Ignacio Mata, PhD, Cleveland Clinic, Cleveland, OH, talks on global collaborative genetic studies of Parkinson’s disease (PD) aiming to address the lack of underrepresented populations included in PD studies to date. Several initiatives have been set up across the world, including LARGE-PD (The Latin American Research consortium on the GEnetics of Parkinson’s Disease), GEoPD, and iPDGC (The International Parkinson Disease Genomics Consortium) East Asian and African projects. Dr Mata comments on the Global Parkinson’s Genetic Program (GP2), which aims to bring data from all these projects together to genotype over 150,000 volunteers from across the world, improving our understanding of the genetic basis of disease. This interview took place during the 2021 International Congress of Parkinson’s Disease and Movement Disorders.
Transcript (edited for clarity)
There’s quite a few initiatives going on. There’s a couple of old ones. One is the one that we’ve been doing in Latin America, LARGE-PD, which has been going on since 2006. There’s also GEoPD, which started in 2006, I think, or 2005 too. So those are probably the two oldest ones. But then, slowly there’s been other initiatives in Asia and Africa that are trying to again represent populations that have not been well studied before...
There’s quite a few initiatives going on. There’s a couple of old ones. One is the one that we’ve been doing in Latin America, LARGE-PD, which has been going on since 2006. There’s also GEoPD, which started in 2006, I think, or 2005 too. So those are probably the two oldest ones. But then, slowly there’s been other initiatives in Asia and Africa that are trying to again represent populations that have not been well studied before. And I think the problem is that we have many people in different parts of the world trying to do similar things, but not working together. So, the Global Parkinson’s Genetic Program, or GP2, which is a initiative from the Aligning Science Across Parkinson’s, really is trying to bring all those together and give the necessary resources to kind of make sure that all populations are represented, but also all the needs in local research is met.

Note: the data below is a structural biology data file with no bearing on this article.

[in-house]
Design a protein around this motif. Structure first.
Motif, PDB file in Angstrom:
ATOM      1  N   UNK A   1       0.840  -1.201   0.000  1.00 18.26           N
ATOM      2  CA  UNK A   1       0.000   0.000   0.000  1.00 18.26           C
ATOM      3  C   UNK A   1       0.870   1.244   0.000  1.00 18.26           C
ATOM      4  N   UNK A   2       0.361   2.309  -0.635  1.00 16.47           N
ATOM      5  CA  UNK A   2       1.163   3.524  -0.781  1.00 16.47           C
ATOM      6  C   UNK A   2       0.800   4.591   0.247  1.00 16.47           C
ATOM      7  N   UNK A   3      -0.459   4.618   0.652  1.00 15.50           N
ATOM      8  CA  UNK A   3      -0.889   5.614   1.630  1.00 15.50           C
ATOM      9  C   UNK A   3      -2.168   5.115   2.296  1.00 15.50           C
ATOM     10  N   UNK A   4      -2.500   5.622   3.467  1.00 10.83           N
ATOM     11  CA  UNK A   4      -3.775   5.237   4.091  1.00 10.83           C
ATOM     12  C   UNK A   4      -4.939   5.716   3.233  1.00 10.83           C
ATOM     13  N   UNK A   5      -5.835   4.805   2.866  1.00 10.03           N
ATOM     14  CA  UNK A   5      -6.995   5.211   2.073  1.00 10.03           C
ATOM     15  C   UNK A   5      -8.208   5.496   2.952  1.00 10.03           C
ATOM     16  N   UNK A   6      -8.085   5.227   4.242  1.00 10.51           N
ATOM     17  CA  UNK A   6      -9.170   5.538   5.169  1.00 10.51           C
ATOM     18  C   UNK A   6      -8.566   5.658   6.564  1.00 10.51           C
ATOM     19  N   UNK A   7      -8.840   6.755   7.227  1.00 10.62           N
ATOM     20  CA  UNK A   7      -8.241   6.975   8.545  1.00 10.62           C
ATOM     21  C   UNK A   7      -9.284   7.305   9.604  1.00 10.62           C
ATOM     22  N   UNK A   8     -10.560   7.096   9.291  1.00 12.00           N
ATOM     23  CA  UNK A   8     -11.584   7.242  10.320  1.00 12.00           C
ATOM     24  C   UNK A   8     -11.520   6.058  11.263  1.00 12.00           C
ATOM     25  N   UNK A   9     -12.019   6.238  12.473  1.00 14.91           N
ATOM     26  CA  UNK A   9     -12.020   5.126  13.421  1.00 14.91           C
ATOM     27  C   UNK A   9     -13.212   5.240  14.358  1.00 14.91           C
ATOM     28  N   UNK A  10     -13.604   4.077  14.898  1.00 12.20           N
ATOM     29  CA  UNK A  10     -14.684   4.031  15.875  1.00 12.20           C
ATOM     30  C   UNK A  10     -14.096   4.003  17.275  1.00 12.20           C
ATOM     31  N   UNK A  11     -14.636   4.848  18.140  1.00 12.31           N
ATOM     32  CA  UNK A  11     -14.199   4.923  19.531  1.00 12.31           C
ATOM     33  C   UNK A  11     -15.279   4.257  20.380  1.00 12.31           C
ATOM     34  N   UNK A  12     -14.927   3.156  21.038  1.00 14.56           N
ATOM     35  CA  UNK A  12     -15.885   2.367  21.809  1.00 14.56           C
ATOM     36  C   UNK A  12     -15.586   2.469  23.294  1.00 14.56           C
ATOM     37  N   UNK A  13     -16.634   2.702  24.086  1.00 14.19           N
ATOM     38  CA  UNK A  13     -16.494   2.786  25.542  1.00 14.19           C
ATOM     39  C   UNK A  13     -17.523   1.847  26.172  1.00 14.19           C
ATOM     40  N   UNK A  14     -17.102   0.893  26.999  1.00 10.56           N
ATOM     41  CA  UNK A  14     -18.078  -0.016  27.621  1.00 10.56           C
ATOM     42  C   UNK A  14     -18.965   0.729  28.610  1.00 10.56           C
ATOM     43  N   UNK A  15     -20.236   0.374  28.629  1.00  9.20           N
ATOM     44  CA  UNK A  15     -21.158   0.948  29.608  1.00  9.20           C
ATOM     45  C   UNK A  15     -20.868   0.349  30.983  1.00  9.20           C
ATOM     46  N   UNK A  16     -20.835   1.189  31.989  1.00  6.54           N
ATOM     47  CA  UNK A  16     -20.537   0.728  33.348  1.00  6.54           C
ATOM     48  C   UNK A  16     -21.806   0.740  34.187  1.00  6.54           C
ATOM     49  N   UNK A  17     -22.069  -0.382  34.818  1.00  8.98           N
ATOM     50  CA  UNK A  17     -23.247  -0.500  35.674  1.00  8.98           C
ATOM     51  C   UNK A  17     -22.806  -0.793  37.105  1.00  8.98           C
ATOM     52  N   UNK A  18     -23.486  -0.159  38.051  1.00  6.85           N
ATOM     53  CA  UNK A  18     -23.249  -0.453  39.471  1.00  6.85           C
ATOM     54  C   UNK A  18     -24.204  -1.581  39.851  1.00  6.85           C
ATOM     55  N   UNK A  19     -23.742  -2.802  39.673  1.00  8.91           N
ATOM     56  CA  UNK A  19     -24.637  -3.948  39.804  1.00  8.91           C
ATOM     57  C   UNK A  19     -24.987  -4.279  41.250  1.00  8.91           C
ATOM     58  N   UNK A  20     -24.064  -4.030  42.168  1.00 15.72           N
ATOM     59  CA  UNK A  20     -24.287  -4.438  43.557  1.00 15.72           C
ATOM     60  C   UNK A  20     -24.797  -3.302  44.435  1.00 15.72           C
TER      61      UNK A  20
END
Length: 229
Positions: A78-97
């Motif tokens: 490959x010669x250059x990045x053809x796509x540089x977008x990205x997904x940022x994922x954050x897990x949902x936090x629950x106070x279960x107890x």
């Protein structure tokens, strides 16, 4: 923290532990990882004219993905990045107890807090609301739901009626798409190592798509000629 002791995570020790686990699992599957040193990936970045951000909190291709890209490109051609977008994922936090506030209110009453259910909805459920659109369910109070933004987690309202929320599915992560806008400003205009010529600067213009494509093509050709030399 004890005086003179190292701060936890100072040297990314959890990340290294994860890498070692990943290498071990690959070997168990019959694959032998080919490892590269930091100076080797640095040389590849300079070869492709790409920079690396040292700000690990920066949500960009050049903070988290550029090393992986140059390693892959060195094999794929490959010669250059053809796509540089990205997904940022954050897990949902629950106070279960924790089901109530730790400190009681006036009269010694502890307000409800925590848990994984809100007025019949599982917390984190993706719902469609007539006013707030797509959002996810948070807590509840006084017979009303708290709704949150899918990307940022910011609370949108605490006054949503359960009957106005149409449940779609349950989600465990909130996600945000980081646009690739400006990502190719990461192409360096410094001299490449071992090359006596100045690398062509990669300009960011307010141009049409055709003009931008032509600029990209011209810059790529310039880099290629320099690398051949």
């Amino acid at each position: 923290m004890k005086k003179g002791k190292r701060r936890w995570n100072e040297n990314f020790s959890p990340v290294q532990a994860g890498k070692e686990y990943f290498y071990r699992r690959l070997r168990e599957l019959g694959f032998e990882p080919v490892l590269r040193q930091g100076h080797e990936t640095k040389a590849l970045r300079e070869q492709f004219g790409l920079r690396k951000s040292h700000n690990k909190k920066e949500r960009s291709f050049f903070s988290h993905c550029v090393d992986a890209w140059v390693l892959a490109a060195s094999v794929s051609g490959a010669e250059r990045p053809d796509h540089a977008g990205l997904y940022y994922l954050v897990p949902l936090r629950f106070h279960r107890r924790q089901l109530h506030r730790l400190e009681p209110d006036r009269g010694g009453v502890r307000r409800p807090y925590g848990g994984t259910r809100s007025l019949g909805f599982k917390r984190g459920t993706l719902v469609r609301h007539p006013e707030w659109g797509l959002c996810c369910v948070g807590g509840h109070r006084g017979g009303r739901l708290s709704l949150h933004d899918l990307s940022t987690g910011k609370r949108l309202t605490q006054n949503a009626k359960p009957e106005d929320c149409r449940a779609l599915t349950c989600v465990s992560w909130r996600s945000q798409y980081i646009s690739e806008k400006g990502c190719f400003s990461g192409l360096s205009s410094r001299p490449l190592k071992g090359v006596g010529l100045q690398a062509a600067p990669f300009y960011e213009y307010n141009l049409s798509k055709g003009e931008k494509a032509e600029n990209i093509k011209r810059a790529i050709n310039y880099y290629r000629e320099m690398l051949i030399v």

So, we want to make sure that local researchers in all these areas learn how to do analysis, understand about research. They do quality research, they collect similar data across populations. So, then in two or three years, when we have all this data… And they’re all also being genotype under the same array. So, in two or three years, we’ll have a really incredible data set worldwide that we can use to, again, answer questions like what kind of genetic predispositions each of the populations have? Also are there environmental factors that might be also influencing? Do people in different populations present different forms of the disease? Because that’s another thing that’s not as much a genetic question, although genetics could be part of it, but we think that Parkinson’s might look a little bit different in different regions of the world. And I think by capturing the same data on everybody we’ll be able to answer some of these questions, and then kind of tie it to the genetics, the environment and try to understand why that is.